I start almost every morning with a green smoothie. Lately that’s meant a mix of oats and chia seeds soaked in water overnight, plain yogurt, kale, frozen mango and peaches, lots of fresh ginger, almond butter, and coconut flakes. When I have fresh mint, I add that too, and sometimes I sprinkle in some turmeric or a pinch of cardamom or a spoonful of coconut oil or a scoop of matcha powder. And sometimes, especially after a long day of cooking and eating at work, I make a second green smoothie for dinner.
When I don’t have time to make my smoothie at home, I make a big batch in the Epi test kitchen and pass cute Ball jars out to the entire food team. I won’t name names, but at least two of my fellow Epi editors—both talented cooks—have no idea how to go about making a palatable green smoothie themselves.
They’re worried about how to avoid gross chunky textures, about bitter flavors, and about whether or not they should use ice. So this edition of No Recipe Required is for them. But also, of course, for you, because all you need for perfect green smoothies is my simple ratio. And not a recipe.
START WITH THE LIQUID
No matter how powerful your blender is, it will work better if you put the liquid in the bottom of the blender jar. You want about 1 cup of liquid for each person you’re serving.
Your liquid can be a yogurt-water mix, keifer, coconut milk, almond milk, buttermilk, or any other kind of milk you like. You can also use brewed tea as long as it’s cold (mint tea or green tea can be especially nice). Or how about cold brew coffee, maybe with a little milk stirred in? Pick whatever liquid you like, but try to stay away from sweetened liquids—the fruit will lend enough sweetness on its own.
ADD AN EQUAL AMOUNT OF GREENS
Whatever amount of liquid you added to your blender, add the same amount of leafy greens on top of the liquid. So if you used one cup of liquid, use one cup of tightly packed greens. Really pack them into your measuring vessel tightly to make sure you’re actually getting enough in there. This is a green smoothie, after all.
Spinach and kale are my favorite smoothie-friendly greens. If you’re using kale, be sure to remove the thick stems—they don’t blend very well. Pre-washed baby spinach or baby kale are the most convenient options of course, but you can really use any leafy green you like—romaine, collards, swiss chard, or a mix—as long as you remove any thick stems. Fresh green herbs count, too. I’m especially fond of mint in my smoothies, but parsley or cilantro are also winners.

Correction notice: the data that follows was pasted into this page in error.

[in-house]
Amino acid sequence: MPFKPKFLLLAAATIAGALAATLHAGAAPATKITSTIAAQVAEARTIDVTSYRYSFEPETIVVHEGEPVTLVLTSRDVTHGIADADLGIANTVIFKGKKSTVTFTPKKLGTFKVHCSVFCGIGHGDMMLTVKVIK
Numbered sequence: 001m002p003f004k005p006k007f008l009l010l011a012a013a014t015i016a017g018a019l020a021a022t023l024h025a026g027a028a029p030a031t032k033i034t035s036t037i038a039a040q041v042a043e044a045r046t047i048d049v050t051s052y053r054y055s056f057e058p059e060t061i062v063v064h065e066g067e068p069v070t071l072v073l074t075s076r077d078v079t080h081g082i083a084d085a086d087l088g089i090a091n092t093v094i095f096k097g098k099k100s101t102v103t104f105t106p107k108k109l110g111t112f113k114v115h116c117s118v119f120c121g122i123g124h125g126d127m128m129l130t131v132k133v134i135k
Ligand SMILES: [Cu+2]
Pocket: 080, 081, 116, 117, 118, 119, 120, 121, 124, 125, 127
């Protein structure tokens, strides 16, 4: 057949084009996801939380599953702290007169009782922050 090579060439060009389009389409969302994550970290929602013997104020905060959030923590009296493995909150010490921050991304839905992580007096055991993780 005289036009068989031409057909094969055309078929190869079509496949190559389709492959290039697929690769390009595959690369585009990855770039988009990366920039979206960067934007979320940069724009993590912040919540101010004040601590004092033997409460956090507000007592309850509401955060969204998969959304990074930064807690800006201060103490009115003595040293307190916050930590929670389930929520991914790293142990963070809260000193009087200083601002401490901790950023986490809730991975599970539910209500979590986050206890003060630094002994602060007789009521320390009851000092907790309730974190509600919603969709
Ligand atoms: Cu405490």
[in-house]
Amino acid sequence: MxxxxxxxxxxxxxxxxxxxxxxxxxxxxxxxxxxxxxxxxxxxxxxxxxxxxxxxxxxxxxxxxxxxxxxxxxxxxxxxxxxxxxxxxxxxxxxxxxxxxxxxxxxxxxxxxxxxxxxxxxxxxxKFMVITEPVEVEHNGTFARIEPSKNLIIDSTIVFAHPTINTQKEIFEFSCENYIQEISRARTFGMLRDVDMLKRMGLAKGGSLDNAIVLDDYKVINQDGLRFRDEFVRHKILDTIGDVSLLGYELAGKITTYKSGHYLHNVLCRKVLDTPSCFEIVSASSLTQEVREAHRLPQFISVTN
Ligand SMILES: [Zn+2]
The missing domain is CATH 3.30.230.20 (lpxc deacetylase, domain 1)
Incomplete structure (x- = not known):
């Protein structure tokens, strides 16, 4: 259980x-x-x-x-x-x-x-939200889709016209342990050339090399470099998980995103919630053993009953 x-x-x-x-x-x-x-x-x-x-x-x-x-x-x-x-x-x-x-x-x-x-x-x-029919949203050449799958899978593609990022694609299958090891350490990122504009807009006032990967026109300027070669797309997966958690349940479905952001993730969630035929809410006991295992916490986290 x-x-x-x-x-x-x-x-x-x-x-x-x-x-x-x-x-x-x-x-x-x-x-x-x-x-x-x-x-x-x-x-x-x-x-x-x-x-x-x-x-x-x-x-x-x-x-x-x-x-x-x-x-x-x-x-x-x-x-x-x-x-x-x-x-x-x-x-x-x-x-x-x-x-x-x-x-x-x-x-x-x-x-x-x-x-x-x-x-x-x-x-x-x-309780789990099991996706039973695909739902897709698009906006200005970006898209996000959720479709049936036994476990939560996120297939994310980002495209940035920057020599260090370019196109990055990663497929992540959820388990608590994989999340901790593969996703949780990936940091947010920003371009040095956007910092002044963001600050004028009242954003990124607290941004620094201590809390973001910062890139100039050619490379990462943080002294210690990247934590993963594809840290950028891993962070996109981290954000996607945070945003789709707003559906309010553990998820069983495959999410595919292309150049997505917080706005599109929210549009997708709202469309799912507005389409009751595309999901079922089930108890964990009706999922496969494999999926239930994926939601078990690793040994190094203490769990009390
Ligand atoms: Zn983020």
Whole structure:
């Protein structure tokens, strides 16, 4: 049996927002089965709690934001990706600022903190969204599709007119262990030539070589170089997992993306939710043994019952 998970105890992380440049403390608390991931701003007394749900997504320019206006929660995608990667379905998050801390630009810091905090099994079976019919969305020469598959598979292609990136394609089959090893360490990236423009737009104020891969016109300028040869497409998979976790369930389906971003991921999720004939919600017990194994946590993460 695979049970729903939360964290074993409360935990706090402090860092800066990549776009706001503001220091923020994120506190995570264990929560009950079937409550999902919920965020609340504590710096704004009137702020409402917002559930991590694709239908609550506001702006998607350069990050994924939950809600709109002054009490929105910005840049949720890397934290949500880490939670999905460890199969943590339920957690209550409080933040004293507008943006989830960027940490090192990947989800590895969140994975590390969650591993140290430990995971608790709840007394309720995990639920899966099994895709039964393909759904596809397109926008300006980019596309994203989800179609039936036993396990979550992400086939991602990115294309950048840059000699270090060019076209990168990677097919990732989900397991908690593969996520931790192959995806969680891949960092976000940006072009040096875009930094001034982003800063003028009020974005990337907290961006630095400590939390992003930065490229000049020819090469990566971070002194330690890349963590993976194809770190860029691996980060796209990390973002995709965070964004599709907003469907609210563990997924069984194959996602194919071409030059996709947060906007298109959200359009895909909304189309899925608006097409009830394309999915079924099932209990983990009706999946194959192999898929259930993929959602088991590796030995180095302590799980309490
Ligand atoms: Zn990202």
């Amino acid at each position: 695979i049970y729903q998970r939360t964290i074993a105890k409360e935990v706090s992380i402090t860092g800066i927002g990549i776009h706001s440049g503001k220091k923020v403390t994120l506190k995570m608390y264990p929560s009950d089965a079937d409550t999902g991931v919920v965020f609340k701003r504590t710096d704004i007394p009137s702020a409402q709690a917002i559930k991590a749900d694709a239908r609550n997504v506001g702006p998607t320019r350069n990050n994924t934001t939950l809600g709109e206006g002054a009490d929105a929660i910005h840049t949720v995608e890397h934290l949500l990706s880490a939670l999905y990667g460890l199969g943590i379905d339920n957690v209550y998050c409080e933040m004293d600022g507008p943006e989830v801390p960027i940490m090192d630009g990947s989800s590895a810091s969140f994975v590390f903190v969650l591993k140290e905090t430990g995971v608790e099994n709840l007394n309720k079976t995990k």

MAKE FROZEN FRUIT YOUR FRIEND
You want your smoothie to be cool and icy, but what you don’t want to do is add ice. Let me repeat that: Please don’t add ice to your smoothie. It can be hard on your blender, and it will only dilute your smoothie’s flavor. Instead, use frozen fruit. If you’re ambitious you can chop and freeze your own ripe fruit or berries, but I like the convenience of the packaged stuff.
To the one part liquid and greens, add a part and a half frozen fruit to your blender. At least half of that fruit should be frozen. For frozen fruits, try bananas, mango, peaches, pineapple, or any kind of berry. For fresh, consider apples, and also oranges, which add a nice bit of juiciness. And don’t overlook the avocado fruit—it adds a wonderful creaminess.
Finally, remember lemons and limes! You don’t need much of these—just a little section—but they can add a nice bit of zing to your smoothie.
BOOST AND FLAVOR AS DESIRED
If you’ve ever ordered a smoothie from a juice or smoothie bar, you’re familiar with the idea of “boosts.” You can add an “energy boost” for $1. Or a “protein boost”. Or a “fiber boost”. At home, you don’t have to pay $1 per boost, so you can add as many or as few as you like. For me, this category also includes anything that will boost the flavor of my smoothie. A little goes a long way with most these things, so you don’t have to worry about them compromising the texture or integrity of your smoothie.
Want to add some extra fiber? Soak a small handful of oats in water overnight (or even just for ten minutes) and add to your blender. Or add a spoonful of chia seeds to those oats, or just go for the chia seeds on their own. You can also add a spoonful of flax seeds (ground, or whole) to your blender. If it’s protein you’re after, a spoonful of nut butter is your new best friend. You can also add an unsweetened protein powder if you like. For some extra healthy fat, a small spoonful of coconut oil is good, and adds a nice creamy texture and flavor to your smoothie. A spoonful of any other health-boosting ingredient you’re into can get tossed into your smoothie at this point too as you wish: vitamin C powder, gelatin powder, maca powder, bee pollen, acai—I’ll leave that up to you.
To boost the flavor, don’t forget a pinch of salt. A small handful of fresh chopped ginger or turmeric is great for flavor (and good for you too!). To get a chocolaty flavor going (especially good if you’re using raspberries and bananas as your fruit) add a spoonful of cocoa powder and/or cocoa nibs. Raid your spice cupboard for flavorings too: a pinch of cinnamon, cardamom, or even a splash of vanilla extract can do wonders for punching up the flavor of your smoothie.
GIVE IT A WHIRL
Once everything is in the blender jar, start blending! Give it longer than you might think you need to get it nice and smooth—it can take up to three minutes depending on the strength of your blender. Then open it up, have a taste, and adjust the seasoning and flavoring as needed. If it’s not sweet enough for your taste, add a bit more fruit or a splash of sweetener. If it’s too thick for your taste, add a splash more water. If it’s too thin, add more frozen fruit and greens. Blend again, and enjoy!
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